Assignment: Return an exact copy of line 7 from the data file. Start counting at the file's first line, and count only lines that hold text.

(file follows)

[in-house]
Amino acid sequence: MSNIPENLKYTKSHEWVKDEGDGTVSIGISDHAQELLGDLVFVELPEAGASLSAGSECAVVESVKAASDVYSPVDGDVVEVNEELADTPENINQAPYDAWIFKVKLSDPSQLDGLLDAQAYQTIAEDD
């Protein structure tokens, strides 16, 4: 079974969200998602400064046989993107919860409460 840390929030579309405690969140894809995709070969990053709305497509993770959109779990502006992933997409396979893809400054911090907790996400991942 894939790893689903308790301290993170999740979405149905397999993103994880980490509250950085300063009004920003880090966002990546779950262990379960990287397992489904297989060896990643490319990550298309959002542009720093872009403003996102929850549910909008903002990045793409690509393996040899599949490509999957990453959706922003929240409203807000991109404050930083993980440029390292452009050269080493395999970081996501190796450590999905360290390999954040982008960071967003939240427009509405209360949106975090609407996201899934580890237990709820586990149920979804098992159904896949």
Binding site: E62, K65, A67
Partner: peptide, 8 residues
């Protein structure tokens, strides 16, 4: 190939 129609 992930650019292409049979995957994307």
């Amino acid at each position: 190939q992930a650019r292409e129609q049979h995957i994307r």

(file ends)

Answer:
């Amino acid at each position: 190939q992930a650019r292409e129609q049979h995957i994307r």